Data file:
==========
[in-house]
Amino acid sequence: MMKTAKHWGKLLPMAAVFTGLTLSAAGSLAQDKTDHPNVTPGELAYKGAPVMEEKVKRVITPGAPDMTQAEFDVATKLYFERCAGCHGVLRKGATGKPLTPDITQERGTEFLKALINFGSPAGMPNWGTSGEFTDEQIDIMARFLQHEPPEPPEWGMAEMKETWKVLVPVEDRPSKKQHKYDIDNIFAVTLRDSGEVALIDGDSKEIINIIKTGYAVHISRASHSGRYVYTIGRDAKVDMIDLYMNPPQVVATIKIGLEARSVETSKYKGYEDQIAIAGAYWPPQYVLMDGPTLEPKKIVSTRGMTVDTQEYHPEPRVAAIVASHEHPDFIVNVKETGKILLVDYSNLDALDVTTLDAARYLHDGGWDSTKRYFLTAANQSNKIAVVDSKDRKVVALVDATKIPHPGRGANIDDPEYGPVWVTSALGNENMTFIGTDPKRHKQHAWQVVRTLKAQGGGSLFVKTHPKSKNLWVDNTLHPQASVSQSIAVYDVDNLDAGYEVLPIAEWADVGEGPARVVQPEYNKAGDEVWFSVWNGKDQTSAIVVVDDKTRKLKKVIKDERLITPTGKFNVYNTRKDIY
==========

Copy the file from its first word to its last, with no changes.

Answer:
[in-house]
Amino acid sequence: MMKTAKHWGKLLPMAAVFTGLTLSAAGSLAQDKTDHPNVTPGELAYKGAPVMEEKVKRVITPGAPDMTQAEFDVATKLYFERCAGCHGVLRKGATGKPLTPDITQERGTEFLKALINFGSPAGMPNWGTSGEFTDEQIDIMARFLQHEPPEPPEWGMAEMKETWKVLVPVEDRPSKKQHKYDIDNIFAVTLRDSGEVALIDGDSKEIINIIKTGYAVHISRASHSGRYVYTIGRDAKVDMIDLYMNPPQVVATIKIGLEARSVETSKYKGYEDQIAIAGAYWPPQYVLMDGPTLEPKKIVSTRGMTVDTQEYHPEPRVAAIVASHEHPDFIVNVKETGKILLVDYSNLDALDVTTLDAARYLHDGGWDSTKRYFLTAANQSNKIAVVDSKDRKVVALVDATKIPHPGRGANIDDPEYGPVWVTSALGNENMTFIGTDPKRHKQHAWQVVRTLKAQGGGSLFVKTHPKSKNLWVDNTLHPQASVSQSIAVYDVDNLDAGYEVLPIAEWADVGEGPARVVQPEYNKAGDEVWFSVWNGKDQTSAIVVVDDKTRKLKKVIKDERLITPTGKFNVYNTRKDIY